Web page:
What Is Lacto-Fermentation? Does It Have Health Benefits?
Lacto-fermentation is a specific type of fermentation that uses lactic-acid-producing bacteria to preserve foods. Fermentation is one of the oldest methods of food preservation.
While fermentation was traditionally used to increase shelf life, recent research has highlighted several health benefits of eating Lacto-fermented foods.
This article explains everything you need to know about Lacto-fermentation.
What is Lacto-fermentation?
Food fermentation is the process whereby bacteria, yeasts, mold, or fungi break down carbs — such as starch and sugar — into acids, gas, or alcohol. The process results in a fermented food product with a desirable flavor, aroma, or texture.
There are different types of fermentation: wine is produced by alcoholic fermentation using yeast, vinegar is fermented with acetic-acid-producing bacteria, and soybeans are fermented by mold into tempeh.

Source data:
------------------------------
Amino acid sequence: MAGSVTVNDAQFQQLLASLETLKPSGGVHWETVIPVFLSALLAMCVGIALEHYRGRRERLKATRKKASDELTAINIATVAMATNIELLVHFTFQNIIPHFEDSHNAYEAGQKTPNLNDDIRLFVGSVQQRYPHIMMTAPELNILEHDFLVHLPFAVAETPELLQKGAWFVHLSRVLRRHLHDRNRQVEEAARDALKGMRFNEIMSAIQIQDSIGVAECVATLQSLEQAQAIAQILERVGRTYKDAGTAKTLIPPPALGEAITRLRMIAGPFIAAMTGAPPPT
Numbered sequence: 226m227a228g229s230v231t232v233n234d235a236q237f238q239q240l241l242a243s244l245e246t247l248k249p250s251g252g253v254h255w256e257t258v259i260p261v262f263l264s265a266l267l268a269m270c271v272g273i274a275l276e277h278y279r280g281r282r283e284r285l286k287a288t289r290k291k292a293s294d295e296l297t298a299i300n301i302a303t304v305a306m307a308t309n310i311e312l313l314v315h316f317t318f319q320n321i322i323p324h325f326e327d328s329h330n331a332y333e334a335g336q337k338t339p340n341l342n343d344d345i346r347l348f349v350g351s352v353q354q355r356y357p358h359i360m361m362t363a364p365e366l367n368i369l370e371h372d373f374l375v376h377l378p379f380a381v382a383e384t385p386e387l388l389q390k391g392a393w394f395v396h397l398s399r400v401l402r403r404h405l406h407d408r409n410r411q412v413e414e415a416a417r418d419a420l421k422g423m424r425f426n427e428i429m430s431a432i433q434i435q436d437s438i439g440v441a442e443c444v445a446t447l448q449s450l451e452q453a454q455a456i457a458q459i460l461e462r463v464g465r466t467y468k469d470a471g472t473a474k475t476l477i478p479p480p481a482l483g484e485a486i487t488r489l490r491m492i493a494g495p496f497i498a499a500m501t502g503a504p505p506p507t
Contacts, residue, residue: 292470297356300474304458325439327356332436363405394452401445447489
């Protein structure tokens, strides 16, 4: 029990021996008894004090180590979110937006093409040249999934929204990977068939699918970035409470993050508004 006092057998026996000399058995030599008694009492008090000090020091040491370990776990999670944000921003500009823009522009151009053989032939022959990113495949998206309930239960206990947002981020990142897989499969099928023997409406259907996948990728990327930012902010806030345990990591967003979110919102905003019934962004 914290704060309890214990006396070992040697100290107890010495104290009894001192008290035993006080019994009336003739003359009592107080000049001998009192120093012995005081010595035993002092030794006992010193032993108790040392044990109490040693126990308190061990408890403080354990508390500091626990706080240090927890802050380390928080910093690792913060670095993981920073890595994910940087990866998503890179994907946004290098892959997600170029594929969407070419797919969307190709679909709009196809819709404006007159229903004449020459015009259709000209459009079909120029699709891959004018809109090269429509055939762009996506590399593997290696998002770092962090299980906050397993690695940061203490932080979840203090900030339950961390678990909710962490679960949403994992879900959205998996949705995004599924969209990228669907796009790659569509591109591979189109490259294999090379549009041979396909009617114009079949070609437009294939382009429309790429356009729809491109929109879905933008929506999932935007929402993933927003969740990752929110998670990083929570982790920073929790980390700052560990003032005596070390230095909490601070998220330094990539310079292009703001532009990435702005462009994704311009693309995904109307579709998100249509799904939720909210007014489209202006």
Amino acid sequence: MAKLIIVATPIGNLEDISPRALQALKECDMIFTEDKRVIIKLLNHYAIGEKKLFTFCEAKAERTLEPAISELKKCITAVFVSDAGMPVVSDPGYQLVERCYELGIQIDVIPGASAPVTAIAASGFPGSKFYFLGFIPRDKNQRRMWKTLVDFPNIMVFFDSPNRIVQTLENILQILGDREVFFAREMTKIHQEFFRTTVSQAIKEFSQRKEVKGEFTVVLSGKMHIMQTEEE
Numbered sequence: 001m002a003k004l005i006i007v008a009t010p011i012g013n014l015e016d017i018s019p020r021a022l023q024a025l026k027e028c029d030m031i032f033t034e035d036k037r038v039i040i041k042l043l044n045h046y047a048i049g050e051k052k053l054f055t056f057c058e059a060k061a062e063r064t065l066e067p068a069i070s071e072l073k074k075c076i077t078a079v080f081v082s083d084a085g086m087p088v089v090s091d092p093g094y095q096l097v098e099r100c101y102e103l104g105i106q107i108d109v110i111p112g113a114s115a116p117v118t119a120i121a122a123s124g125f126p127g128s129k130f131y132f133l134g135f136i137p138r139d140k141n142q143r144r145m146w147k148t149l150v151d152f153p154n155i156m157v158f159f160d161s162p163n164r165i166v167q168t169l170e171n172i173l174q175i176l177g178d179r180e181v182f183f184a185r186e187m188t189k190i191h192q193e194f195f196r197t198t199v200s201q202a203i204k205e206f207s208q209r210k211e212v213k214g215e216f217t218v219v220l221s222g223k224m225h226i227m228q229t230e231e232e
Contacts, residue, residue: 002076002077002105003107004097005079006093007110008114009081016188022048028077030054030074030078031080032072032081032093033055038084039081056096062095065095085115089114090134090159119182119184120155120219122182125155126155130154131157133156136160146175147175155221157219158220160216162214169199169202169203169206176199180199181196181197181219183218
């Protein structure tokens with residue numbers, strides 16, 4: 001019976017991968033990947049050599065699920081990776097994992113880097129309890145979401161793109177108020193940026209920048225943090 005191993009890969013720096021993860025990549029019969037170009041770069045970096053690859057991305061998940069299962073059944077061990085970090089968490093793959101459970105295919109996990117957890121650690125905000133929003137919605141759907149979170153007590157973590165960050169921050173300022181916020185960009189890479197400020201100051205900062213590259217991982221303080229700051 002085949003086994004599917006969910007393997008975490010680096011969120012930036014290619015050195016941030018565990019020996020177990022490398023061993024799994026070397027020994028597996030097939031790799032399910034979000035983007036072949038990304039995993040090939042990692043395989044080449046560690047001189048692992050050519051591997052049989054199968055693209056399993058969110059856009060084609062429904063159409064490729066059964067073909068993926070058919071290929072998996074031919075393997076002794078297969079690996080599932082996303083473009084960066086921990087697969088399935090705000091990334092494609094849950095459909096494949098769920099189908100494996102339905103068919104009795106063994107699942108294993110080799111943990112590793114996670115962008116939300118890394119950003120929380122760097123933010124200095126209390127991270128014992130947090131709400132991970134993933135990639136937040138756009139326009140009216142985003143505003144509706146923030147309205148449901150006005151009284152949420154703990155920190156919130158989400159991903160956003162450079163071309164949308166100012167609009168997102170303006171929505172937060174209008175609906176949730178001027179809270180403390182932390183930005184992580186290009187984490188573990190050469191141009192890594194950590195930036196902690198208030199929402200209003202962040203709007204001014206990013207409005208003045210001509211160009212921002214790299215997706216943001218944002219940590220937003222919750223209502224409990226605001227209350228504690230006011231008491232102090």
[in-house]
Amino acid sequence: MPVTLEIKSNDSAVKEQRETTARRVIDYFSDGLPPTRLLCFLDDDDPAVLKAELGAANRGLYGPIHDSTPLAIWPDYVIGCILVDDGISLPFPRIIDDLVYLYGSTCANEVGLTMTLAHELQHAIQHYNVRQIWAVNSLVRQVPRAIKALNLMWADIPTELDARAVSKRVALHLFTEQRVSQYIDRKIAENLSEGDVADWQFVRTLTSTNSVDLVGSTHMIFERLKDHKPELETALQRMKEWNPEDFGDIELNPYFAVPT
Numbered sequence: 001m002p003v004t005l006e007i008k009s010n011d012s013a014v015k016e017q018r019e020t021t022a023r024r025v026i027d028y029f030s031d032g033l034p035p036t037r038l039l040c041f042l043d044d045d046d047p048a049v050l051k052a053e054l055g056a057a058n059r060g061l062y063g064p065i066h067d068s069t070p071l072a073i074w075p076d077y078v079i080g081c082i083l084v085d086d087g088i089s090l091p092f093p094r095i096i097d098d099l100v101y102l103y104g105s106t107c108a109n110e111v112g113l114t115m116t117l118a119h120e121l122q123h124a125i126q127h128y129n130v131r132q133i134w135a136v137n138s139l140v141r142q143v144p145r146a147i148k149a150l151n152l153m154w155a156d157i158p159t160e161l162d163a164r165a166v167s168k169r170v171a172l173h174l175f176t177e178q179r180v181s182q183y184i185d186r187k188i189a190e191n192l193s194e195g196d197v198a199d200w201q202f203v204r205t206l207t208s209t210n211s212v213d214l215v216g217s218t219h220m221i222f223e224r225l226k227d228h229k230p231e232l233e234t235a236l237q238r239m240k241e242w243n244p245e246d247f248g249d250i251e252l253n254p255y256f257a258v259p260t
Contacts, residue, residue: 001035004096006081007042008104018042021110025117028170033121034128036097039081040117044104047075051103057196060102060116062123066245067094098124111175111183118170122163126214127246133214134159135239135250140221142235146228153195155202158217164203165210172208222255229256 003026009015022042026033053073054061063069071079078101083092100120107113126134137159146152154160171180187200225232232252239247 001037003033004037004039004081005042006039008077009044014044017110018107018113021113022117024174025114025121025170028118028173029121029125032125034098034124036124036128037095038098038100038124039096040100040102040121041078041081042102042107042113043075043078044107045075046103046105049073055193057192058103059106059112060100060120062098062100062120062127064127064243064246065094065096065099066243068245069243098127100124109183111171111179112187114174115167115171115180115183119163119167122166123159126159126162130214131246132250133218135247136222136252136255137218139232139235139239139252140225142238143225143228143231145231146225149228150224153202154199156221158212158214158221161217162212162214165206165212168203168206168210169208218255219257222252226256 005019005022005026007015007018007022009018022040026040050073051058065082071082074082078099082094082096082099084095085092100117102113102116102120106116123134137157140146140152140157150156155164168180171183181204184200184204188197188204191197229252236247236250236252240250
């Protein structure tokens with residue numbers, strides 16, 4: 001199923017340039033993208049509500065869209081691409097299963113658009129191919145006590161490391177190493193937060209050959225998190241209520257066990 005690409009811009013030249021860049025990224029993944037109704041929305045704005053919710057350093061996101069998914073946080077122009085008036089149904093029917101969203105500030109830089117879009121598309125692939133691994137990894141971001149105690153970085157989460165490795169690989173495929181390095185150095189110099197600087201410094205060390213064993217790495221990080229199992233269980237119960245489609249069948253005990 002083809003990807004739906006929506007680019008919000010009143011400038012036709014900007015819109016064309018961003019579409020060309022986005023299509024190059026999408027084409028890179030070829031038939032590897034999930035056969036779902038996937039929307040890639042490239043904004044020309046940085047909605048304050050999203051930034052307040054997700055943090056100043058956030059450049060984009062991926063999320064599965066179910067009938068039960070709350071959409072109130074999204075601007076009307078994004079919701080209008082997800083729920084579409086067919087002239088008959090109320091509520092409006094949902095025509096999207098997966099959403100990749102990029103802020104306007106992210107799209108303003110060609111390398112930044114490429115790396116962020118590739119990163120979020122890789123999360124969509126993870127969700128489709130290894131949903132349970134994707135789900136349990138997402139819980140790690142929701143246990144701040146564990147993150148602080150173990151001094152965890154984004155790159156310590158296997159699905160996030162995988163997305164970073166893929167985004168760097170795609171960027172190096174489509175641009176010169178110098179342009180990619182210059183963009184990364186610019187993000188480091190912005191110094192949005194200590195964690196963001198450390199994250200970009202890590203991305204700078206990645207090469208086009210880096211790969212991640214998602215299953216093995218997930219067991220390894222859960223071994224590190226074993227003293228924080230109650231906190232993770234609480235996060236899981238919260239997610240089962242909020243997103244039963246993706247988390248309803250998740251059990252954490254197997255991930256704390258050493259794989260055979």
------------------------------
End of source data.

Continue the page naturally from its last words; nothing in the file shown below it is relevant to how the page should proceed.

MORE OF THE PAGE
The term "acto" refers to lactic acid, which is a type of acid that’s produced upon the breakdown of sugar in an oxygen-free environment. It was first identified in milk, which contains the sugar lactose, hence the name lactic acid.
Lacto-fermentation uses lactic-acid-producing bacteria (primarily from the Lactobacillus genus), as well as some yeasts. These bacteria break down the sugars in food to form lactic acid and sometimes alcohol or carbon dioxide.
Examples of Lacto-fermented foods include fermented milk, yogurts, meats, sourdough bread, olives, sauerkraut, kimchi, and cucumber, among other pickled vegetables.
In addition, a large number of less well-known, traditional Lacto-fermented foods are produced all over the world. These include Turkish shalgam, which is a red carrot and turnip juice, and Ethiopian injera, a sourdough flatbread.